Diamonds are still forever

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Jewelry trends can change faster than Steamboat Springs weather. But when it comes to engagement rings, a local jeweler says diamonds are as timeless and unchanging as the Sleeping Giant.

Gary Hofmeister, owner of Hofmeister Personal Jewelers in Steamboat, said future couples "very seldom" will vary from diamonds when choosing the bride's engagement ring.

"Girls might think they would like something different, but most girls, when they get engaged, they want everybody to know," said Hofmeister, who has been in the jewelry business for 36 years.

About 98 percent of women considering a different gemstone - such as sapphires, opals or rubies - change their mind, Hofmeister continued, "after seeing a beautifully cut diamond that blinds them with its brilliance."

Prices for such brilliance depend on how much blinding the buyer can afford.

"You can start as low as you can possibly go, and you can go to the stratosphere," Hofmeister said.

Norbert "Del" Delhaute, owner of Del's Jewelry in Steamboat, said the most popular engagement ring at his store is a three-stone diamond ring, which costs between $500 and $2,500.

"They come in either round-cut or the princess cut, which is a square-cut diamond," said Delhaute.

Delhaute runs his store with his son, Jerome Delhaute, at a location he has owned since 1970. Before that, Del's Jewelry was across the street, where it opened in 1946.

"I think I'm the oldest business-owner still in business down here on Main Street," the elder Delhaute said, referring to Old Town Steamboat's main drag.

As for the old adage that a man should spend one month's salary on his bride's engagement ring, Delhaute upped the ante.

"Even two months salary is not too much to put into a lifetime situation," he said. "It's once in a lifetime, so they should be ready to put a month to two months salary into the purchase."

When choosing how to spend that money, old is new these days, Hofmeister said.

"The one thing that has been fairly hot lately is an antique-type style of wedding ring," he said. "The kind of styles you might have seen up to 100 years ago."

Hofmeister said that with about one-third of the couples he sees, the groom comes in alone and surprises his bride with a ring, while about two-thirds come in together to pick out an engagement ring.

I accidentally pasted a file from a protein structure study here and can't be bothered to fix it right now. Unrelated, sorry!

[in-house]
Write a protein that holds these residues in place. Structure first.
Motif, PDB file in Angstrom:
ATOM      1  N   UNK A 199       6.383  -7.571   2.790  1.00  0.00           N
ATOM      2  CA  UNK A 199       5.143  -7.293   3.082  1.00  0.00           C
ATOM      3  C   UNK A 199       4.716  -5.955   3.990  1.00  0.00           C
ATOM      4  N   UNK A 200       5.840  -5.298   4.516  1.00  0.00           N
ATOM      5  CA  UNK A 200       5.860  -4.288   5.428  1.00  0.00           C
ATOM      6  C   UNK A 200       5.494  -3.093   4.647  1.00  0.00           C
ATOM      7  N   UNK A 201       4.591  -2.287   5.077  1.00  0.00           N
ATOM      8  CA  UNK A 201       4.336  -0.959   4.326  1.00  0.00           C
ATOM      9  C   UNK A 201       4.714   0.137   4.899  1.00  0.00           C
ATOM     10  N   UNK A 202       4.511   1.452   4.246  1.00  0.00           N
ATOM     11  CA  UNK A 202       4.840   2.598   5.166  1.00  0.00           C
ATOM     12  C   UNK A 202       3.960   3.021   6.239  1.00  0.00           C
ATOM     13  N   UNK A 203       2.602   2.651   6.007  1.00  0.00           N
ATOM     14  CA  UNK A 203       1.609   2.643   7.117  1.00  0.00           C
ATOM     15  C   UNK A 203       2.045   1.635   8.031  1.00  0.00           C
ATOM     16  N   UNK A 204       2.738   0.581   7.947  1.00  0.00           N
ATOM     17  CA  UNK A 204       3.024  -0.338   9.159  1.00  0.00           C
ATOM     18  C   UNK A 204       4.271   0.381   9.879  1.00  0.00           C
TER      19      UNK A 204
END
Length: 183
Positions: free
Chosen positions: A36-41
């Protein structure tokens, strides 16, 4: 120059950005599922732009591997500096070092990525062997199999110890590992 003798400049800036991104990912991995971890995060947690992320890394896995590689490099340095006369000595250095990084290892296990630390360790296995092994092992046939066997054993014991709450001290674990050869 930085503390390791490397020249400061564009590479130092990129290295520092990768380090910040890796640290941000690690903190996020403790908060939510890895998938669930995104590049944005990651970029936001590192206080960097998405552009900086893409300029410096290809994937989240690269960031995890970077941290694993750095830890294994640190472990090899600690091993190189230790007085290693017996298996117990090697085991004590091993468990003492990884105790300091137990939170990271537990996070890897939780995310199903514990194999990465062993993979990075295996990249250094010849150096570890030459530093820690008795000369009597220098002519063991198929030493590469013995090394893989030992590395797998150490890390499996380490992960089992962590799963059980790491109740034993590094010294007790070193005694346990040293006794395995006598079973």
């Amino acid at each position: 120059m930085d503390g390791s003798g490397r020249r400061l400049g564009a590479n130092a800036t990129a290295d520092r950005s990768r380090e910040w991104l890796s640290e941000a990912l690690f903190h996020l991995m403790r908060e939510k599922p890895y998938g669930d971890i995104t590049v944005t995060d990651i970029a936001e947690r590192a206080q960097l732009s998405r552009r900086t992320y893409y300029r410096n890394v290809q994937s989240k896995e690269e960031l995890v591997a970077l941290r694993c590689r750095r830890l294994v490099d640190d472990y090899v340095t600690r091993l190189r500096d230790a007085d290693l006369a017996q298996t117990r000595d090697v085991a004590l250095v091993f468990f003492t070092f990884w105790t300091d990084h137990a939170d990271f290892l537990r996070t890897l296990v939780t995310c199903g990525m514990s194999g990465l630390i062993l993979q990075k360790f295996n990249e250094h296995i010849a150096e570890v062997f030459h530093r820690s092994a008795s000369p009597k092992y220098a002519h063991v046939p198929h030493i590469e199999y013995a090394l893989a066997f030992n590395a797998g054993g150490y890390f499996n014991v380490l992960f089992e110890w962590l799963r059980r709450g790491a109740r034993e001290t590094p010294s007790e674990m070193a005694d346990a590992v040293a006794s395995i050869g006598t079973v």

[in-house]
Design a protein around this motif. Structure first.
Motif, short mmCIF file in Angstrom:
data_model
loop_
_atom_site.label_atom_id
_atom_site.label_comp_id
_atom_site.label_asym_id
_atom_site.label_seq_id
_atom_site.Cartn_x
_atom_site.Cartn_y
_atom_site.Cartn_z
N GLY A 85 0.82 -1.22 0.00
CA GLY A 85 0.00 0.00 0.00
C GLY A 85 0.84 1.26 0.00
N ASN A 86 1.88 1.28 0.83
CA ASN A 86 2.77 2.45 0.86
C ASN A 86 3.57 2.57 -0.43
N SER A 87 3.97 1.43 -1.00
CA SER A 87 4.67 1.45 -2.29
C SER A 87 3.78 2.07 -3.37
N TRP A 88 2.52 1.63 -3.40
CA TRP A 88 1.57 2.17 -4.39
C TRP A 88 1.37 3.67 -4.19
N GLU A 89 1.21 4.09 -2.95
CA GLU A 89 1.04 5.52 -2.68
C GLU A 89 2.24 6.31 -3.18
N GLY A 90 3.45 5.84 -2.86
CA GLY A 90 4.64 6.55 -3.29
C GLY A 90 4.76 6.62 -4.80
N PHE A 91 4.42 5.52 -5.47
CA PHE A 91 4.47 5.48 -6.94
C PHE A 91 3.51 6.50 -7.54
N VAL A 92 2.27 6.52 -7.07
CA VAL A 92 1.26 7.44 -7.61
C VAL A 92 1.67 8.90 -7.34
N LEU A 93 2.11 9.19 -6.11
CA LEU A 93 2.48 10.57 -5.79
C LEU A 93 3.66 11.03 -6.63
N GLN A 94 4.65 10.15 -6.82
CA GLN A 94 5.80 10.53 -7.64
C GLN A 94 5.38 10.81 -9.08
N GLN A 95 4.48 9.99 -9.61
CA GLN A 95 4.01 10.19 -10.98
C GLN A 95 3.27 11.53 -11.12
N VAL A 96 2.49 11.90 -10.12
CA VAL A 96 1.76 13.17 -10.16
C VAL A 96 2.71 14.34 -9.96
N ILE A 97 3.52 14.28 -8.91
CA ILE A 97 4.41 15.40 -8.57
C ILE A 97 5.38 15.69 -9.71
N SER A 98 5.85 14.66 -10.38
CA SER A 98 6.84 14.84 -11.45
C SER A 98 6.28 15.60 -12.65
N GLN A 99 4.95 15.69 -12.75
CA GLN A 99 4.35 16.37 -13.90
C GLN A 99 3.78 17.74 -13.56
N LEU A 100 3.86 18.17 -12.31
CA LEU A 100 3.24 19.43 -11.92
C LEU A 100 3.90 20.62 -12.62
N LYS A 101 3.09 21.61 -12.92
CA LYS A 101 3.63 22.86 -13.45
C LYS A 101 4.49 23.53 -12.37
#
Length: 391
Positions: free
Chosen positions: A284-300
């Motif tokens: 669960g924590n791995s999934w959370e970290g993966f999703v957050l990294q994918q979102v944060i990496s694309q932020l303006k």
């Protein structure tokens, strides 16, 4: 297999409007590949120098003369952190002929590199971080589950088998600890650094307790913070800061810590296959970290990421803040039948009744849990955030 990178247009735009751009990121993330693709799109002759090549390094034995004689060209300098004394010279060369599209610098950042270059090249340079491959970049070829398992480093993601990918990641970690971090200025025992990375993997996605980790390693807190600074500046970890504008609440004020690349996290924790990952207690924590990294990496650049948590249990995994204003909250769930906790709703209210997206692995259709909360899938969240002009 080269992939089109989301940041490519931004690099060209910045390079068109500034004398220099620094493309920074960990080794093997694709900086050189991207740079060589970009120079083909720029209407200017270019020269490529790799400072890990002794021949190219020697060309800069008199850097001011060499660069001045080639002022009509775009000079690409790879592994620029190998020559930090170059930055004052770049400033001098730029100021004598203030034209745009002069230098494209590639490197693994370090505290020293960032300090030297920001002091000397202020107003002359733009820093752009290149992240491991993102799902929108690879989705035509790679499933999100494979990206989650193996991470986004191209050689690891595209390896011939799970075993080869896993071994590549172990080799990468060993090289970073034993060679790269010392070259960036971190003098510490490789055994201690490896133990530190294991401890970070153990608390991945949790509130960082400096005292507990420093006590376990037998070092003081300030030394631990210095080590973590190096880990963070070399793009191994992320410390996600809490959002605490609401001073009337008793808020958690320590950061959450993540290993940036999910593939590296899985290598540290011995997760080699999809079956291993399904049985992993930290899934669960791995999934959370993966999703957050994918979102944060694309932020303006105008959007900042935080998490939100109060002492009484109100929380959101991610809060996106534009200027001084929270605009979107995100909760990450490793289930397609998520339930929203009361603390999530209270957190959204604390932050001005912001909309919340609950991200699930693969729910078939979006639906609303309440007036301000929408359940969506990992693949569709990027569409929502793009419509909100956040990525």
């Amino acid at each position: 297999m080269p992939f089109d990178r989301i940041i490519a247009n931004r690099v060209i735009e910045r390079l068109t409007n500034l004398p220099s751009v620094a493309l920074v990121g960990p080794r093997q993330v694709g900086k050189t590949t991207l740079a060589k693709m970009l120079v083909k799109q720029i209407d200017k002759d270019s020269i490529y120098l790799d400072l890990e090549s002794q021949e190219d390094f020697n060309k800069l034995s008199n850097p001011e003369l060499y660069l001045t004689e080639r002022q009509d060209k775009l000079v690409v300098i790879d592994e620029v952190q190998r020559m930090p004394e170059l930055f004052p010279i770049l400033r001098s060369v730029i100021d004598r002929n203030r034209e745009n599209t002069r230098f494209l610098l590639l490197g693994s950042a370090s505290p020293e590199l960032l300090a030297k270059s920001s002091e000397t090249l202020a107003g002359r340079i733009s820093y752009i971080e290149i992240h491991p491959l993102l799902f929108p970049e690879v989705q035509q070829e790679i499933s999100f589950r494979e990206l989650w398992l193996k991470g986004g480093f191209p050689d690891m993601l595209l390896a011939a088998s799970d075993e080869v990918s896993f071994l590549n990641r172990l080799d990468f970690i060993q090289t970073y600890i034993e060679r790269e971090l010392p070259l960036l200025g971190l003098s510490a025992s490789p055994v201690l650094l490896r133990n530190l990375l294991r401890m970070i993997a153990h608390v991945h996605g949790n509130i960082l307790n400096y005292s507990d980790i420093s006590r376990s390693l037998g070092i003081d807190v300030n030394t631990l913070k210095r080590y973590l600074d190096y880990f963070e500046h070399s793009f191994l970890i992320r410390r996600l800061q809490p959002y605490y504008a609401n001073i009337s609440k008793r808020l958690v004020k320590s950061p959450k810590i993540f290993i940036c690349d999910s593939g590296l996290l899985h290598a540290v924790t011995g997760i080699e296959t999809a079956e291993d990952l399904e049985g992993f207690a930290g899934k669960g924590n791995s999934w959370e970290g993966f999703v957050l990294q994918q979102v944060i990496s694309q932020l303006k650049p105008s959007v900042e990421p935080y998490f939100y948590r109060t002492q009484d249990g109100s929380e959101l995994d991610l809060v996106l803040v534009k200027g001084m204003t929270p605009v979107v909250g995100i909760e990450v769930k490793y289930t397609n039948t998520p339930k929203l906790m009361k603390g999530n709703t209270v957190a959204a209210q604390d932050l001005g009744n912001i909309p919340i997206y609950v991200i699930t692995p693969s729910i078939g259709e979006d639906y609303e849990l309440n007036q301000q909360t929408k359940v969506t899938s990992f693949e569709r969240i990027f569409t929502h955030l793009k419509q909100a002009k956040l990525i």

"If a guy is going to do a surprise, I always give him several options to change it after he presents the diamond to her," Hofmeister said. "(Changing the ring) doesn't happen all that often, but it's important to have the options."

For couples looking for something different, Christine Muzik has an idea.

Muzik is the owner of the Spiritpass store in Craig, where she sells hand-made, hand-forged Native American wedding bands and rings made of sterling silver and gold.

"They are the most beautiful wedding bands you ever saw," she said.

Muzik said each of the unique pieces are "museum-quality" collector's items, some of which have been shown at the Smithsonian Institute in Washington, D.C.

Muzik said she buys the jewelry directly from Navajo and Santo Domingo artisans in New Mexico and Arizona, allowing her to sell the pieces at prices from $64 to $308.

Usually, she said, the jewelry will sell for as much as $1,700.

"I refuse to mark up my jewelry by 3,000 percent," said Muzik, who will have a 25-percent-off Valentine's Day sale. "People work hard for their money."

She and her husband re-did their vows with Native American bands, Muzik said, adding that the items are becoming "very popular" with couples looking for unique jewelry with a lasting meaning.

"These wedding bands can be passed from generation to generation," Muzik said.

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